Hour of Code December 7-13, 2015
WHAT IS THE HOUR OF CODE?
This is the first time Whitford MIddle School is participating as a school in The Hour of Code. The Hour of Code is a one-hour introduction to computer science, designed to demystify "coding," and show that anybody can learn the basics. It is a global movement reaching tens of millions of students in 180+ countries, with one-hour tutorials available in over 30 languages. No experience is needed...
The goal is for every student at Whitford to experience one hour of coding during this event. The plan is to have either Math or Science teachers at each grade level take one instructional day to participate in our schoolwide Hour of Code effort.
WHY SHOULD MY CLASS PARTICIPATE?
On the Educational Technology and Mobile Learning Blog, the author provides several observations from Mitch Resnic's TED Talk, "Let's Teach Kids to Code":
- Helps kids learn in meaningful context
- Teaches them that learning is a process and not a product
- Teaches them how to take complex ideas and break them down into simpler parts
- Teaches them how to collaborate with others
- Teaches them perseverance in the face of frustration
- Teaches determination
- Helps them become fluent with technologies, enabling creative expression
- It helps them be creative
What is in it for you? How about a prize?
To start, Teachers who organize their own class' participation in the Hour of Code will receive a $10 gift card to Amazon.com, iTunes or Windows Store as a thank-you gift (from Code.org) if you sign up before December 7-13!
WHO IS THIS FOR?
The Hour of Code is designed for every possible learner. A beginner could be a middle school student, a grandparent, a first grader or even a Whitford teacher.
There are MANY different activities available on the Hour of Code website. Choose the activity that best fits your class.
Let's Get Started
Sign up as the organizer of your class' participation. You must sign up before December 7 to receive the gift from Code.org.
STEP 3 - Choose your Tutorial
Code.or hosts a variety of fun, hour-long tutorials for students of all ages, created by a variety of partners. New tutorials are coming to kick off the Hour of Code before December 7-13. Try current tutorials.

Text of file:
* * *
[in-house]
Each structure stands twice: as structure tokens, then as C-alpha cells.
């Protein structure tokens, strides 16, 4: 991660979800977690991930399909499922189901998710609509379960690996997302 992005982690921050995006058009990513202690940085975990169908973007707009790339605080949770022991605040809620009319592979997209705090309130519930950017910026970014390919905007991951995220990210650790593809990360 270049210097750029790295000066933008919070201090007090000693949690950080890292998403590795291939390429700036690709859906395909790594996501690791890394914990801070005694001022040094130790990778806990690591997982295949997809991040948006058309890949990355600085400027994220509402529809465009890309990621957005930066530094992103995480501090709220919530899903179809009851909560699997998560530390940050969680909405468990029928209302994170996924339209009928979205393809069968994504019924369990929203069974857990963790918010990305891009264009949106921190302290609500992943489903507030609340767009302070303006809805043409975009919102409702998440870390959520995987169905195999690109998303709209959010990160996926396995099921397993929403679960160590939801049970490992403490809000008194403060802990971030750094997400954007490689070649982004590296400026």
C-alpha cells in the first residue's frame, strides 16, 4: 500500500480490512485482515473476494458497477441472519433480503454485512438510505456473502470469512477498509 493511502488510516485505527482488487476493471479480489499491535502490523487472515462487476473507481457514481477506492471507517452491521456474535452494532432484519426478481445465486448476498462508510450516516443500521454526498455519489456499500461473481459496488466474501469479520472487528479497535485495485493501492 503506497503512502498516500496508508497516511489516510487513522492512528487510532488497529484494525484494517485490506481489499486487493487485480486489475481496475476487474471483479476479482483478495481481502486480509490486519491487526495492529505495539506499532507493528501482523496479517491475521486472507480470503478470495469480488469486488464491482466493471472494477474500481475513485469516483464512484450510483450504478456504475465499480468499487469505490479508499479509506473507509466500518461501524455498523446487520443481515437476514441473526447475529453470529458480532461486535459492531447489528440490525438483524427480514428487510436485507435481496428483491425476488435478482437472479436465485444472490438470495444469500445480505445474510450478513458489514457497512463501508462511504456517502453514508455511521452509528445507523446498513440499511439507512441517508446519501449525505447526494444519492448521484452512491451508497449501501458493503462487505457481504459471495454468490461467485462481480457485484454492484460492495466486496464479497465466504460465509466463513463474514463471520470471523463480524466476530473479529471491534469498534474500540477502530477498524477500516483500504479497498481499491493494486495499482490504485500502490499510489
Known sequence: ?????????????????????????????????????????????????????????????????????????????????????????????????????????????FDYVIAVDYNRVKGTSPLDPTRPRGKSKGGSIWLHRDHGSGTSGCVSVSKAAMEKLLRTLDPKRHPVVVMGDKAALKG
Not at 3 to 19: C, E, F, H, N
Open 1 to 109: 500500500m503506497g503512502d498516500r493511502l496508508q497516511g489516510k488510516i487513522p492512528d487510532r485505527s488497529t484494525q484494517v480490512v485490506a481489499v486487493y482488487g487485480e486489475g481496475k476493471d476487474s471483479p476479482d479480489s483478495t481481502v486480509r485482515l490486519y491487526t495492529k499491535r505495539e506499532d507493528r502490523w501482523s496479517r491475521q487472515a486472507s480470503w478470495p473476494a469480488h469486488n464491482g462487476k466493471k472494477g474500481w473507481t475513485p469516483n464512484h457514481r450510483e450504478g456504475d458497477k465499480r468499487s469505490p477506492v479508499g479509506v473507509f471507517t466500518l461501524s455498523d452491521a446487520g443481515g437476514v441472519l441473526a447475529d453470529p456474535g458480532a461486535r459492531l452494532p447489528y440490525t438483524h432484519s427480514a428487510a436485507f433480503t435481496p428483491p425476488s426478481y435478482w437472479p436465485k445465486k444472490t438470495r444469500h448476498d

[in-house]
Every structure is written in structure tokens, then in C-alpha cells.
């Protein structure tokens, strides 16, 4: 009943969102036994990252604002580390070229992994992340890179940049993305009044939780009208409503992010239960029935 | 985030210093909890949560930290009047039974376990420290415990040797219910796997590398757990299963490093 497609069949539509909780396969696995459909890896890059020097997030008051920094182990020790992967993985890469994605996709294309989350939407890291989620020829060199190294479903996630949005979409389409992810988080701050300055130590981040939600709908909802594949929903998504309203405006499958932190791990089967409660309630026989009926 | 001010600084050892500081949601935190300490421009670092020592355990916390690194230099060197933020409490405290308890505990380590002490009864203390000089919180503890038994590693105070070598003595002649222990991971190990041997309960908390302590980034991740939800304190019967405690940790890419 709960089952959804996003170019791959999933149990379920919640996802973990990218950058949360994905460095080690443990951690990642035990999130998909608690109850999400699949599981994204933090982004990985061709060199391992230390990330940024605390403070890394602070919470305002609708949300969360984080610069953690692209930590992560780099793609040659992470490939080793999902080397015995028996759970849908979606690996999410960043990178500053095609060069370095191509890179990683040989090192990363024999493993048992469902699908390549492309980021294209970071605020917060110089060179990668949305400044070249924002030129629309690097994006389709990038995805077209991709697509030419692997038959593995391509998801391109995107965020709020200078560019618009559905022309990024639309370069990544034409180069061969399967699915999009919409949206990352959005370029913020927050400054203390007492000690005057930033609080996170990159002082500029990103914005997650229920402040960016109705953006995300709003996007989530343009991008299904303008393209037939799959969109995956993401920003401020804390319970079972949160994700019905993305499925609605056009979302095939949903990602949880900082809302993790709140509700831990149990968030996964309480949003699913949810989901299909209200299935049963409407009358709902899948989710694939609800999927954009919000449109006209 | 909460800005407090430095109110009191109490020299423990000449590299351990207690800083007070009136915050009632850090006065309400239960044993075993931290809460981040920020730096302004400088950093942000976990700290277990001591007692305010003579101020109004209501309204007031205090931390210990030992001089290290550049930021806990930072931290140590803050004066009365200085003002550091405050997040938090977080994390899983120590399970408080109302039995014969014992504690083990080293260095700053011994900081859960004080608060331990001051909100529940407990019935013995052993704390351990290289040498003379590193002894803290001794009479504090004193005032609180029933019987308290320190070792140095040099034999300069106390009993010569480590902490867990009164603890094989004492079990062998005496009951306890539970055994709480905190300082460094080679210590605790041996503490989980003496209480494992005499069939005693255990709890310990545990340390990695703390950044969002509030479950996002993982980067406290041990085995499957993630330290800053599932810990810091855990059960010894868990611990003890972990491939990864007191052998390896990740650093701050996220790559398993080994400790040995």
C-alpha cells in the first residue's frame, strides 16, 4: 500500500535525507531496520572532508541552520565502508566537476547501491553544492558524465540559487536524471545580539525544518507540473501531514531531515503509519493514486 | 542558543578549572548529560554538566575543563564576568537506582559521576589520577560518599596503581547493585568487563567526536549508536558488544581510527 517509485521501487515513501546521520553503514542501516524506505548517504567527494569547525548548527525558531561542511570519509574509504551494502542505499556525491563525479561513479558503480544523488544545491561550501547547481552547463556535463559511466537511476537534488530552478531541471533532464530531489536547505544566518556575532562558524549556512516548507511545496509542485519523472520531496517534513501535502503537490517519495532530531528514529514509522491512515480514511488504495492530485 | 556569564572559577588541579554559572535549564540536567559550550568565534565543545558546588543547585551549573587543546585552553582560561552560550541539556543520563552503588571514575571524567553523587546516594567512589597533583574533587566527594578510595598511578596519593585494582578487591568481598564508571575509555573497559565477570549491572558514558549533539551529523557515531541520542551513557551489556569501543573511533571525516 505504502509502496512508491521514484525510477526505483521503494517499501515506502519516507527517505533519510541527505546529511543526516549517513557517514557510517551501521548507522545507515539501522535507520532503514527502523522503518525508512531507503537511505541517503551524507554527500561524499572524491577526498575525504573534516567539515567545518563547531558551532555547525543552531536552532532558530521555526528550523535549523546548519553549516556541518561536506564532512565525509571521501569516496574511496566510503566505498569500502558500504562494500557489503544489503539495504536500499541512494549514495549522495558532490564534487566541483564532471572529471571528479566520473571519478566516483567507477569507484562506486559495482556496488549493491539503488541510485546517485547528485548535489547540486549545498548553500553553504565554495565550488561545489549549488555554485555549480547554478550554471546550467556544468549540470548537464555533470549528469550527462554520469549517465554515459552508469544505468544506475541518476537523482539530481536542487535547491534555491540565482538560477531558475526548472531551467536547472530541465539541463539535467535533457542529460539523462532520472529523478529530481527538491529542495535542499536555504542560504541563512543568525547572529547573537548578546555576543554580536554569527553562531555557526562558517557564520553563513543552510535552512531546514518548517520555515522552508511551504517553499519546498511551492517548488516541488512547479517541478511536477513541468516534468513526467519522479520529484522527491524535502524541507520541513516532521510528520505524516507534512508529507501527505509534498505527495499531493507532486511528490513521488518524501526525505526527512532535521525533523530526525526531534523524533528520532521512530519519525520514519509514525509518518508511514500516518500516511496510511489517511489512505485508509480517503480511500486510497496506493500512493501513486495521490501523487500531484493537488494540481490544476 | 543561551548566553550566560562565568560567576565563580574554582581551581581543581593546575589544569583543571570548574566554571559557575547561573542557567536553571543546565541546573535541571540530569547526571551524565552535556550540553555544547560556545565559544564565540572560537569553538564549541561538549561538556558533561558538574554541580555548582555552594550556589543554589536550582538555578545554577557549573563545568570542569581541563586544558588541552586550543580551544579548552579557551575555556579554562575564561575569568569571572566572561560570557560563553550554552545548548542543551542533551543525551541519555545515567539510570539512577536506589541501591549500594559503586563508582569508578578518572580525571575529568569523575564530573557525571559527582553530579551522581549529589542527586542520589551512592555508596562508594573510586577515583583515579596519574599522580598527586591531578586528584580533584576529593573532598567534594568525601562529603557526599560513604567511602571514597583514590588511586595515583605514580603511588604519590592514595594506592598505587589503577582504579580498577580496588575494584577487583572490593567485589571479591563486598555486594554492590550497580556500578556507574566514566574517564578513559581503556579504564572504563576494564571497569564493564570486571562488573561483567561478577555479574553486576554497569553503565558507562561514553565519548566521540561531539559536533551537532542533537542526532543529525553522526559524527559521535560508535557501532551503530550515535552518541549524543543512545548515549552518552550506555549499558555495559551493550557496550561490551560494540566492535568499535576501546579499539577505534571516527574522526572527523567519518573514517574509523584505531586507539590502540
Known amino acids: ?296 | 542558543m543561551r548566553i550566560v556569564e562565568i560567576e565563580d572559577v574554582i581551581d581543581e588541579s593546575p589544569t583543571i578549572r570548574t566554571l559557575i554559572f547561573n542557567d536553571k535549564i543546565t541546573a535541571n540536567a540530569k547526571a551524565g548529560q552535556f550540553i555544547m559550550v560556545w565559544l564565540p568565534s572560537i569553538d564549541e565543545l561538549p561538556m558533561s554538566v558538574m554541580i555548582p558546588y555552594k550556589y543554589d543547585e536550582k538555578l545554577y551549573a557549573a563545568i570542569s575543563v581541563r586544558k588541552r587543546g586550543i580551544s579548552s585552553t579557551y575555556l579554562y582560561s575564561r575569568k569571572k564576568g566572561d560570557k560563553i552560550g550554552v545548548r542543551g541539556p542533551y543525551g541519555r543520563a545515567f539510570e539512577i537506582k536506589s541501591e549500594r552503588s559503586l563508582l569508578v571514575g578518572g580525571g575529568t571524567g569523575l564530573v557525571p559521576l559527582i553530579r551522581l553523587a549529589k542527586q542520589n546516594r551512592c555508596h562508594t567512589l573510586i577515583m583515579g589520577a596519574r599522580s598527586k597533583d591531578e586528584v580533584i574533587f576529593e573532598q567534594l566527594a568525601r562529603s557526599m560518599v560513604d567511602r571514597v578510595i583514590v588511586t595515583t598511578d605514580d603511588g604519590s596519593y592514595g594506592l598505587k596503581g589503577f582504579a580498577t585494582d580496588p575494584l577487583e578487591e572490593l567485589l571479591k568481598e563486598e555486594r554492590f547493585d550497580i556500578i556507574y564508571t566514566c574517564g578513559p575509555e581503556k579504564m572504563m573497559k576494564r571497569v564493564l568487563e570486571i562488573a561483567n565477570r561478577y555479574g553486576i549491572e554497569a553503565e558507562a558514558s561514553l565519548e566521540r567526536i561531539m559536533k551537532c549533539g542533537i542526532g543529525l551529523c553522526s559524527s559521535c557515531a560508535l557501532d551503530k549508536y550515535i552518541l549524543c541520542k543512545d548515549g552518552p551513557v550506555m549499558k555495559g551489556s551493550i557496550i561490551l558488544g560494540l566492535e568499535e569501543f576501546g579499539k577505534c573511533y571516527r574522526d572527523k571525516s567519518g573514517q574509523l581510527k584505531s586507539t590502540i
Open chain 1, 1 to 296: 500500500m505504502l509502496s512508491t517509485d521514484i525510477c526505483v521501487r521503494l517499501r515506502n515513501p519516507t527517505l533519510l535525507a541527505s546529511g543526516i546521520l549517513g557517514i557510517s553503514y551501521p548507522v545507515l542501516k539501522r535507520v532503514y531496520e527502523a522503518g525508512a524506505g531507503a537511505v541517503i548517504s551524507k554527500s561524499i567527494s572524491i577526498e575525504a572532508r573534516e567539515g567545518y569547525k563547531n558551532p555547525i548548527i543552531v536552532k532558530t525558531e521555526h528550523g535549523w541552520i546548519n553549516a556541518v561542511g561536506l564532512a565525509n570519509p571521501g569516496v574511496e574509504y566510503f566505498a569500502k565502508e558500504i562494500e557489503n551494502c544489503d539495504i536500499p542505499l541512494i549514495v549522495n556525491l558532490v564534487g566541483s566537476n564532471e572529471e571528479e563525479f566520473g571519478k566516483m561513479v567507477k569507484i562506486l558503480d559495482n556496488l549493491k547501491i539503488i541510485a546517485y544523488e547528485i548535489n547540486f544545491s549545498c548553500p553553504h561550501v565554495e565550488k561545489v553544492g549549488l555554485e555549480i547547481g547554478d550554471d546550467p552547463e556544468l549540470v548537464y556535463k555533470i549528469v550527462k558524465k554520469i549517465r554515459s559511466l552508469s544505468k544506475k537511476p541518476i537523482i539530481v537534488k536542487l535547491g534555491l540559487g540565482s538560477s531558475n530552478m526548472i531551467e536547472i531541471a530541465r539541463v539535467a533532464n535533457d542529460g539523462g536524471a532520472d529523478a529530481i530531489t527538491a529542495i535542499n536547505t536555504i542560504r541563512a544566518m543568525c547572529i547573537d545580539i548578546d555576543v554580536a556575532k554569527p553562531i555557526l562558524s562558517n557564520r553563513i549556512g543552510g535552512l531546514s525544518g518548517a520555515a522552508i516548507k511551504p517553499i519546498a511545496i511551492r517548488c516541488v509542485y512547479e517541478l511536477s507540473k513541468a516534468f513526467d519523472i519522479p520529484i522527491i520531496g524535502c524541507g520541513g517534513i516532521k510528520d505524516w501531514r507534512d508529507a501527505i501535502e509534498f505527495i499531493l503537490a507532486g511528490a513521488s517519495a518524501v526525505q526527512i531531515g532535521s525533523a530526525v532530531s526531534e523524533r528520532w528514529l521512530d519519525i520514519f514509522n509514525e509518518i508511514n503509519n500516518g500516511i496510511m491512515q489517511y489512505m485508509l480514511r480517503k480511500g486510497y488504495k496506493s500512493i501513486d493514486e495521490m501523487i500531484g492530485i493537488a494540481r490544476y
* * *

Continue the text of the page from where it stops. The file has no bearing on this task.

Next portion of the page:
All Hour of Code tutorials:
- Require minimal prep-time for teachers
- Are self-guided - allowing students to work at their own pace and skill-level
Step 4 - Plan, Reserve, and Sign up for your Computers !
The best Hour of Code experience will be with Internet-connected computers. You don’t need a computer for every child, and can even do the Hour of Code without a computer at all. Devices have been reserved for Hour of Code. Be sure to sign up quickly so we can release all devices to other teachers.
- Test tutorials on student computers or devices. Make sure they work properly on browsers with sound and video.
- Ask students to bring headphones, if the tutorial you choose works best with sound.
- Don't have enough devices? Use pair programming. When students partner up, they help each other and rely less on the teacher. They’ll also see that computer science is social and collaborative.
- Have low bandwidth? Plan to show videos at the front of the class, so each student isn't downloading their own videos. Or try the unplugged / offline tutorials.
Invite a local volunteer to inspire your students by talking about the breadth of possibilities with computer science.
Show an inspirational video:
- The original Code.org launch video, featuring Bill Gates, Mark Zuckerberg, and NBA star Chris Bosh (There are 1 minute, 5 minute, and 9 minute versions)
- The Hour of Code 2013 launch video, or the Hour of Code 2015 video
- President Obama calling on all students to learn computer science
- Find more inspirational video here.
It’s okay if both you and your students are brand new to computer science. Here are some ideas to introduce your Hour of Code activity:
- Explain ways technology impacts our lives, with examples both boys and girls will care about (Talk about saving lives, helping people, connecting people, etc.).
- As a class, list things that use code in everyday life.
- See tips for getting girls interested in computer science here.
STEP 6 - CODE!
Direct students to the activity
- Write the tutorial link on a whiteboard. Find the link listed on the information for your selected tutorial under the number of participants.
When your students come across difficulties it's okay to respond:
- “I don’t know. Let’s figure this out together.”
- “Technology doesn’t always work out the way we want.”
- “Learning to program is like learning a new language; you won’t be fluent right away.”
What to do if a student finishes early?
- Students can see all tutorials and try another Hour of Code activity at code.org/learn
- Or, ask students who finish early to help classmates who are having trouble with the activity.